It’s important to be conscious of your brand’s image at all times. You should therefore always ensure your site is recognisable and that your corporate design is displayed on all devices. In order to create a uniform design on all devices, you may want to consider the mobile first strategy, which ensures the design is first displayed on the smallest possible device and can later be transferred to larger versions.

6. Usability for touchscreens

What makes surfing the internet on smartphones and tablets unique is the fact that the user navigates with their finger or thumb, rather than with a more precise mouse pointer. This is a key point that is integral for the design of a mobile site and also regarding call to actions. Rather than forcing the user to zoom in and out, you should make an effort to incorporate mobile device’s features (such as swiping back and forth) in the navigation. If users are able to find products easily with a simple search function, this will also have a big influence on your shop’s usability and conversion rate. Support visitors by placing the search function in a prominent place, use auto-complete and auto-correct and offer intelligent filter functions.

7. Take advantage of the device’s functions

While limited screen space presents a range of challenges, mobile devices also have many distinct characteristics that online traderscan take advantage of. For example, if a online shop also offers its products in brick-and-mortar stores, website operators can integrate a location-based service on the mobile site in order to lead the customer directly to the closest branch. Integrating click-to-call services is another worthwhile option. Please note that website operators who want their apps and mobile websites to detect users’ locations via GPS or other tracking functions should inform users and explain their intentions in the interest of transparency. This will help you gain the trust of potential customers.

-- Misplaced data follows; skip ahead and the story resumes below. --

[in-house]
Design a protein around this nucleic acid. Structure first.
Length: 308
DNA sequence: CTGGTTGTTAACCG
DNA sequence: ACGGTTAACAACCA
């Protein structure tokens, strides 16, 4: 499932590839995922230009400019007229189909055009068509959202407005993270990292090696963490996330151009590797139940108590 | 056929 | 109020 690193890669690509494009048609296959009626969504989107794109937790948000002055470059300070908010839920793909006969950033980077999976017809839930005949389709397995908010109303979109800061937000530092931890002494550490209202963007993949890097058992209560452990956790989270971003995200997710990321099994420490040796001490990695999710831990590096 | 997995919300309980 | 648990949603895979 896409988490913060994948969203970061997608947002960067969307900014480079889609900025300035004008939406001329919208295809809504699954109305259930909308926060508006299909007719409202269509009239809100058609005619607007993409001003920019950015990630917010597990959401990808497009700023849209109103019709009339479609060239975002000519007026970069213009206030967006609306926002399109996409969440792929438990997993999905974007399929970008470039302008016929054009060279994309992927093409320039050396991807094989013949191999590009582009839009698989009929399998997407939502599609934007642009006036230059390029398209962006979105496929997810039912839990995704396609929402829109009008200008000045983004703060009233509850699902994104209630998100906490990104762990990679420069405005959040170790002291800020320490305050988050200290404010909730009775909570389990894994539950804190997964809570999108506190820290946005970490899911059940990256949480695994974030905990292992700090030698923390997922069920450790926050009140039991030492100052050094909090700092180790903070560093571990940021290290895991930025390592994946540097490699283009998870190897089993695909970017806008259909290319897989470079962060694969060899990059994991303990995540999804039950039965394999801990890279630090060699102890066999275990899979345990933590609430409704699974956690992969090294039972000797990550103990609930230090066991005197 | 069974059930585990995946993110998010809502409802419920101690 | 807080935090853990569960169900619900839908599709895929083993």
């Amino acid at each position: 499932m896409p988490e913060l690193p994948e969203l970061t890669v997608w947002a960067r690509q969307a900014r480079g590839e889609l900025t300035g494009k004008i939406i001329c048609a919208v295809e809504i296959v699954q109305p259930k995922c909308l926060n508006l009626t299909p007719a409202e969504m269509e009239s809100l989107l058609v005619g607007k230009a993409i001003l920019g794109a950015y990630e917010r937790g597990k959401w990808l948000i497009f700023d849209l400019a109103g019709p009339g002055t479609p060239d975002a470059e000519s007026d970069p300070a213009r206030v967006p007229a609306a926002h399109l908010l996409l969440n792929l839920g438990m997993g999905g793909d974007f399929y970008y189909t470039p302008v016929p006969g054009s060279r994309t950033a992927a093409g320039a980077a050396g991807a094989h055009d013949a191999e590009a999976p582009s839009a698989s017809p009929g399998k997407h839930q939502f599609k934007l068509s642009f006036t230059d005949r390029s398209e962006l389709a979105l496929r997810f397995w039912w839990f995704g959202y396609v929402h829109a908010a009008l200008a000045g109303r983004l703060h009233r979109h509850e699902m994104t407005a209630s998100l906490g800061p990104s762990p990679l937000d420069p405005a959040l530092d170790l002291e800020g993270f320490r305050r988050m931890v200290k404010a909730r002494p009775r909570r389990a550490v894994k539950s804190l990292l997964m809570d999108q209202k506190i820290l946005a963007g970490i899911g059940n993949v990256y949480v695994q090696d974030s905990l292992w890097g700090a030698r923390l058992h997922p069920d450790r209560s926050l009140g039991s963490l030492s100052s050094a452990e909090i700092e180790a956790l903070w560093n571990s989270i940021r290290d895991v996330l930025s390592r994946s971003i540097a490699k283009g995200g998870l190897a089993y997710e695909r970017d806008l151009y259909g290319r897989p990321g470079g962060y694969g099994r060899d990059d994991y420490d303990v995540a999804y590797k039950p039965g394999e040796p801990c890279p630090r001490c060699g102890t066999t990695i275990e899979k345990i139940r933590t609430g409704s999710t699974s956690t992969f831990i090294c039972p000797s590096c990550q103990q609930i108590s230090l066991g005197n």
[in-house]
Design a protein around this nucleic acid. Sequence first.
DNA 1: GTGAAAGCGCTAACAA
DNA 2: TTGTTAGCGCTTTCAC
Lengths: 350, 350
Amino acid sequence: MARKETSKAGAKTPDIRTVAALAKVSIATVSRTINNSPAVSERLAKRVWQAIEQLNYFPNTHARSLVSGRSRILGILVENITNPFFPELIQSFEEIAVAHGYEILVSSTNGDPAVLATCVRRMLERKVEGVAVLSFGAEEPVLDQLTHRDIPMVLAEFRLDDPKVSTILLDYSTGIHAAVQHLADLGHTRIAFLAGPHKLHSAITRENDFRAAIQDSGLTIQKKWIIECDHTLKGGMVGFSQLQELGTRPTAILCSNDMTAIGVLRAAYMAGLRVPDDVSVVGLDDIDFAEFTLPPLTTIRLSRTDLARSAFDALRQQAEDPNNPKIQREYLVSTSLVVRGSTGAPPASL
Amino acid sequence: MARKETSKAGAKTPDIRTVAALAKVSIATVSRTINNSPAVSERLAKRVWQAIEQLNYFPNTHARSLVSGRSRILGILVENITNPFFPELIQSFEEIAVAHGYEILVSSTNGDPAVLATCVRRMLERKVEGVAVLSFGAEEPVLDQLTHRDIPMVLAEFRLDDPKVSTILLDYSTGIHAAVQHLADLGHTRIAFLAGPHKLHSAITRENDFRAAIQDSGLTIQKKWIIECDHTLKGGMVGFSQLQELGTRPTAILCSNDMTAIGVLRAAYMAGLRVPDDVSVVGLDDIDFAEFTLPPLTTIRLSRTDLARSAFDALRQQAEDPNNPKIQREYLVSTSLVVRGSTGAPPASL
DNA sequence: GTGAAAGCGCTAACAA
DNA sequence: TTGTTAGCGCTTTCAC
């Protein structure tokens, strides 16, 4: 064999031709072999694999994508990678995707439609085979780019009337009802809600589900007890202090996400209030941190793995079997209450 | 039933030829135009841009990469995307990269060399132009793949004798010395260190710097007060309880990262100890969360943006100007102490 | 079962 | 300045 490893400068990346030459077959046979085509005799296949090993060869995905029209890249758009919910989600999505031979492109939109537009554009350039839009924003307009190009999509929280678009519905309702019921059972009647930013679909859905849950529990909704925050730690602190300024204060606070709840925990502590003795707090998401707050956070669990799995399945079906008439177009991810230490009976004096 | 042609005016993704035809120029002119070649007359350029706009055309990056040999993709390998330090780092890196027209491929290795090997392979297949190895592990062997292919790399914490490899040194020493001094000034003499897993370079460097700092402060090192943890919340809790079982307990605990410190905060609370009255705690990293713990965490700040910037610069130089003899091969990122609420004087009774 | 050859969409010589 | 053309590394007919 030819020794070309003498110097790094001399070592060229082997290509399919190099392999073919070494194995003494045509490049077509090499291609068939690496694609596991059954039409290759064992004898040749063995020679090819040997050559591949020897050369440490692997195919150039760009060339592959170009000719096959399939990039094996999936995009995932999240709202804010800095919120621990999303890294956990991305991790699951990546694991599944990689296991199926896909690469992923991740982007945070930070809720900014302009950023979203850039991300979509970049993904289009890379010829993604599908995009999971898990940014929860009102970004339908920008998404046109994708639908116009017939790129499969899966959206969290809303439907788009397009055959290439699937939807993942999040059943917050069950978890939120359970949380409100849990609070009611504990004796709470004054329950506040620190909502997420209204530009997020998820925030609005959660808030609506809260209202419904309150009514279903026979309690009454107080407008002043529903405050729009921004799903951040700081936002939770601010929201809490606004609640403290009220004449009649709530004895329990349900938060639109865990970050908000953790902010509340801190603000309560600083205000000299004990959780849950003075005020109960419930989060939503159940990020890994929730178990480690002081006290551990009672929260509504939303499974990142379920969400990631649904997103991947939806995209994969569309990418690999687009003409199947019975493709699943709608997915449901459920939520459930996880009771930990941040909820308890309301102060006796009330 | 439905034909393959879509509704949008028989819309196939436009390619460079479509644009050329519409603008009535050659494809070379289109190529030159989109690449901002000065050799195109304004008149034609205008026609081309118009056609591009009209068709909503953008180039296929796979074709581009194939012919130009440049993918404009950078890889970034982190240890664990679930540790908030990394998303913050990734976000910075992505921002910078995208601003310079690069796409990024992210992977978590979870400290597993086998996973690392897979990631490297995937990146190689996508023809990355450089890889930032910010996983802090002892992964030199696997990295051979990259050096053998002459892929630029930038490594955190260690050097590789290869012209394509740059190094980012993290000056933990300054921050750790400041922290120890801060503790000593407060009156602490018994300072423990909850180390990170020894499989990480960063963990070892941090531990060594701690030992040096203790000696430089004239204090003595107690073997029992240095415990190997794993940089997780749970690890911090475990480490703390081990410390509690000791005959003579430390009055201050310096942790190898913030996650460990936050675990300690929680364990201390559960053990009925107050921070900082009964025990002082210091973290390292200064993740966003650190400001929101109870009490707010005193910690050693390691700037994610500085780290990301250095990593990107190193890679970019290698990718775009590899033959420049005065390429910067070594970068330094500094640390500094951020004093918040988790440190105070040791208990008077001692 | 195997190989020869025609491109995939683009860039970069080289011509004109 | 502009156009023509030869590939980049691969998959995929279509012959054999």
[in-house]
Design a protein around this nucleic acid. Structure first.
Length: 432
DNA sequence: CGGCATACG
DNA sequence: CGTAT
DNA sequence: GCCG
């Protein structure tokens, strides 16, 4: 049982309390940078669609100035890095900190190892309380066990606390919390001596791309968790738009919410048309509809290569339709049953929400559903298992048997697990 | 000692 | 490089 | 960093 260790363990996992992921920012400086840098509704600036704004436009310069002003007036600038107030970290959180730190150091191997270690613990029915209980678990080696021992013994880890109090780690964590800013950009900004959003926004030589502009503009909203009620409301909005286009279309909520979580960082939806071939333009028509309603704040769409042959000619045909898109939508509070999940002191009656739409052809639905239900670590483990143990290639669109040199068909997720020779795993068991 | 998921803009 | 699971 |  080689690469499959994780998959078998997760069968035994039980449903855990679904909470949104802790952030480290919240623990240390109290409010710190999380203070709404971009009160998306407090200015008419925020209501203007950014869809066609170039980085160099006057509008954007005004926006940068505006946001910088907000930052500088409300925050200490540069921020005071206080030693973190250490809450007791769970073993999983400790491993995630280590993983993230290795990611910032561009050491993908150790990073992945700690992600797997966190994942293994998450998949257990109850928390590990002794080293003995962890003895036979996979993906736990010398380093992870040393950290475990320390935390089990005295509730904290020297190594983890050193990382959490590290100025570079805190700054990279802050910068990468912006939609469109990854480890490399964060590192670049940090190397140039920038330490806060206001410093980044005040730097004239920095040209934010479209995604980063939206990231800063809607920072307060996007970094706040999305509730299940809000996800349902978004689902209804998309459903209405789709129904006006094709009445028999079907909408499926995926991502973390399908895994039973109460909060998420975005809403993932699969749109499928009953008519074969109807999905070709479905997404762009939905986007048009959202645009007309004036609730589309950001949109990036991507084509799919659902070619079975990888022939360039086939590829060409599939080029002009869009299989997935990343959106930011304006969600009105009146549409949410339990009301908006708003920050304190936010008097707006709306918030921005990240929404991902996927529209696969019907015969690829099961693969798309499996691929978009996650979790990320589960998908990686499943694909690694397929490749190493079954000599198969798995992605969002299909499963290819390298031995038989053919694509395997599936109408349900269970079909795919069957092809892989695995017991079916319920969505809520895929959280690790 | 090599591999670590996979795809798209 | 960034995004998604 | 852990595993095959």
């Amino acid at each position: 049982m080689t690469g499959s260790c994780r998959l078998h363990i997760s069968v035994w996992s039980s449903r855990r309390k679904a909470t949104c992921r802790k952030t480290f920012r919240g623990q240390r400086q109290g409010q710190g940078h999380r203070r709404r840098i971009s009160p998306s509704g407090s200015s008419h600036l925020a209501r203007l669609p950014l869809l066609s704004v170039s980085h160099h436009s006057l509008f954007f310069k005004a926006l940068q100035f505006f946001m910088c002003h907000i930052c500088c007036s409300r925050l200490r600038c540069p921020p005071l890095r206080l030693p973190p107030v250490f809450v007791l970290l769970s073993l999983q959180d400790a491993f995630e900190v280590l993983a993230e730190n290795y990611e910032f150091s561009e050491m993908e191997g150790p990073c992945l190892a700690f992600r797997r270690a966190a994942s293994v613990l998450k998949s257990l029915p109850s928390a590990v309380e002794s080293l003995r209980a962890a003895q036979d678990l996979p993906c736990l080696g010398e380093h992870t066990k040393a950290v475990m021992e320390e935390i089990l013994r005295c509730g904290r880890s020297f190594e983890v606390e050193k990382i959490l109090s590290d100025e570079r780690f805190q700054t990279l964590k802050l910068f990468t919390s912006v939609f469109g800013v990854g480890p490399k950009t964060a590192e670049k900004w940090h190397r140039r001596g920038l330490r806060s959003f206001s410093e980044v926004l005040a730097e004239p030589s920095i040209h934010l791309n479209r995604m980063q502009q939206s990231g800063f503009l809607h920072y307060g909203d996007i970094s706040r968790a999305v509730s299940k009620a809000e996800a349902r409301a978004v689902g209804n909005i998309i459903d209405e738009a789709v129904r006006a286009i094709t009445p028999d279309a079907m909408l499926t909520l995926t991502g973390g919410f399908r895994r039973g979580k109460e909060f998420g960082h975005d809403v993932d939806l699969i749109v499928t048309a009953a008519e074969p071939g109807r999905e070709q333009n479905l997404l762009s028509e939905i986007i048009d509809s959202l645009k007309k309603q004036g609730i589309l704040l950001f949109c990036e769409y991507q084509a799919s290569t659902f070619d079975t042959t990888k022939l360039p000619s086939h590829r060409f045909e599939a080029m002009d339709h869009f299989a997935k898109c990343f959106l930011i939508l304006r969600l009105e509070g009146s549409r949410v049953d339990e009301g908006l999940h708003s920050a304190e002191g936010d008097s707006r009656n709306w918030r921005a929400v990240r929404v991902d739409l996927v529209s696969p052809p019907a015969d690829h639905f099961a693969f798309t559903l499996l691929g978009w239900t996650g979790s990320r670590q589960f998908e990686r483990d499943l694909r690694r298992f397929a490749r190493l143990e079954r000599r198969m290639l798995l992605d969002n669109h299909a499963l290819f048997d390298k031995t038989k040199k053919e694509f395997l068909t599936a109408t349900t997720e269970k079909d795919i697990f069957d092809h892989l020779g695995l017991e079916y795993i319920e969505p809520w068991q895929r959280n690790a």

8. Optimise your shopping basket

The shopping basket lies at the heart of every online store, but the risks and potential weaknesses that come with it also make it one of the most vulnerable points. Therefore, in m-commerce, optimising your basket is essential for reducing cancelled transactions and maximising successful conversions. Above all else, you should ensure that the functions are simple to operate and that users can manage their products without hassle. You also need to enable synchronisation with the desktop version of the site so that, if need be, customers can start shopping on a mobile device and finish the process on their PC (or vice versa). 

9. A more secure and accessible payment process

In addition to the shopping basket, the payment process is yet another important area for optimisation in both e-commerce and m-commerce; online shop owners need to ensure that there are sufficient payment functions and that the registration process is simple. Instead of a complicated process with several steps, you should have a simple and clearly laid-out transaction process in the form of a one-page checkout. Make sure any forms that require the user to enter information are designed efficiently and only ask for data that is completely necessary for the transaction process. Users also enjoy the freedom of being able to create an order without needing to sign up.

10. Security and data protection

In mobile commerce, there’s no way to get around providing adequate security for your users. The safe transfer of customer data is a vital aspect of internet security, without which, the entire operation can fall apart. Many mobile devices now support HTTPS and can thus prevent unauthorised access to sensitive customer data. One effective method of gaining the customer’s trust during the transaction process is by displaying a trust seal or certificate. These seals serve to reassure users that an independent body has reviewed the online store and judged that it is in accordance with general standards and laws. When you allow your store to be evaluated by an independent body, they also test your mobile website’s usability – another important aspect for users.